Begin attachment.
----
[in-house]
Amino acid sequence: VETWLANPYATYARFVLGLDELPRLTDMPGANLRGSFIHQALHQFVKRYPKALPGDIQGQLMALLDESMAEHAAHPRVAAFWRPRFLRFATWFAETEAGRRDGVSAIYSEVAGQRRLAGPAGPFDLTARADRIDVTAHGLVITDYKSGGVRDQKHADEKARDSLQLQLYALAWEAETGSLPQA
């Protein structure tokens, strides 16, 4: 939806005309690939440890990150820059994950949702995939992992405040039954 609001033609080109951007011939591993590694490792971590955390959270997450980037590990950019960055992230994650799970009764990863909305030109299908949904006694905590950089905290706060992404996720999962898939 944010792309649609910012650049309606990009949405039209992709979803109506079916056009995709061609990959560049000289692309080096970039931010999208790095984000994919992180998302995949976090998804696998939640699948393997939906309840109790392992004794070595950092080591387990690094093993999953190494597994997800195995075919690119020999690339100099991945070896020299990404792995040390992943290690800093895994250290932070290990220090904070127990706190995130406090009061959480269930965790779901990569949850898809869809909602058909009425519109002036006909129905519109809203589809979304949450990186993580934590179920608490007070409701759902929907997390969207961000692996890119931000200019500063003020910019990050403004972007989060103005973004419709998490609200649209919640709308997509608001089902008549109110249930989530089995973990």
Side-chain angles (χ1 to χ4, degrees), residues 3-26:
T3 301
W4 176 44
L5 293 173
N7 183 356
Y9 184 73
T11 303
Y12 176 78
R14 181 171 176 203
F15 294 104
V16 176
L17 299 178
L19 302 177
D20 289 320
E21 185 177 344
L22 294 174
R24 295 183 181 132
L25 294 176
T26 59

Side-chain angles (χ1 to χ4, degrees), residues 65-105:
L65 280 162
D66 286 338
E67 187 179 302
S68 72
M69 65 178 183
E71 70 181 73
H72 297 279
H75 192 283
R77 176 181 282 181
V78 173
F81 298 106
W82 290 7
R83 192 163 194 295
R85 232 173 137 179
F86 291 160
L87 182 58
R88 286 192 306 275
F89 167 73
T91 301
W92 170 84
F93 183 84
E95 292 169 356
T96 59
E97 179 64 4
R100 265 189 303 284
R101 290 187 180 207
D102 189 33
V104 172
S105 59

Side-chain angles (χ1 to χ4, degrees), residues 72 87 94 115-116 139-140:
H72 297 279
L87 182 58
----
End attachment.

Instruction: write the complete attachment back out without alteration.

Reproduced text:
[in-house]
Amino acid sequence: VETWLANPYATYARFVLGLDELPRLTDMPGANLRGSFIHQALHQFVKRYPKALPGDIQGQLMALLDESMAEHAAHPRVAAFWRPRFLRFATWFAETEAGRRDGVSAIYSEVAGQRRLAGPAGPFDLTARADRIDVTAHGLVITDYKSGGVRDQKHADEKARDSLQLQLYALAWEAETGSLPQA
């Protein structure tokens, strides 16, 4: 939806005309690939440890990150820059994950949702995939992992405040039954 609001033609080109951007011939591993590694490792971590955390959270997450980037590990950019960055992230994650799970009764990863909305030109299908949904006694905590950089905290706060992404996720999962898939 944010792309649609910012650049309606990009949405039209992709979803109506079916056009995709061609990959560049000289692309080096970039931010999208790095984000994919992180998302995949976090998804696998939640699948393997939906309840109790392992004794070595950092080591387990690094093993999953190494597994997800195995075919690119020999690339100099991945070896020299990404792995040390992943290690800093895994250290932070290990220090904070127990706190995130406090009061959480269930965790779901990569949850898809869809909602058909009425519109002036006909129905519109809203589809979304949450990186993580934590179920608490007070409701759902929907997390969207961000692996890119931000200019500063003020910019990050403004972007989060103005973004419709998490609200649209919640709308997509608001089902008549109110249930989530089995973990």
Side-chain angles (χ1 to χ4, degrees), residues 3-26:
T3 301
W4 176 44
L5 293 173
N7 183 356
Y9 184 73
T11 303
Y12 176 78
R14 181 171 176 203
F15 294 104
V16 176
L17 299 178
L19 302 177
D20 289 320
E21 185 177 344
L22 294 174
R24 295 183 181 132
L25 294 176
T26 59

Side-chain angles (χ1 to χ4, degrees), residues 65-105:
L65 280 162
D66 286 338
E67 187 179 302
S68 72
M69 65 178 183
E71 70 181 73
H72 297 279
H75 192 283
R77 176 181 282 181
V78 173
F81 298 106
W82 290 7
R83 192 163 194 295
R85 232 173 137 179
F86 291 160
L87 182 58
R88 286 192 306 275
F89 167 73
T91 301
W92 170 84
F93 183 84
E95 292 169 356
T96 59
E97 179 64 4
R100 265 189 303 284
R101 290 187 180 207
D102 189 33
V104 172
S105 59

Side-chain angles (χ1 to χ4, degrees), residues 72 87 94 115-116 139-140:
H72 297 279
L87 182 58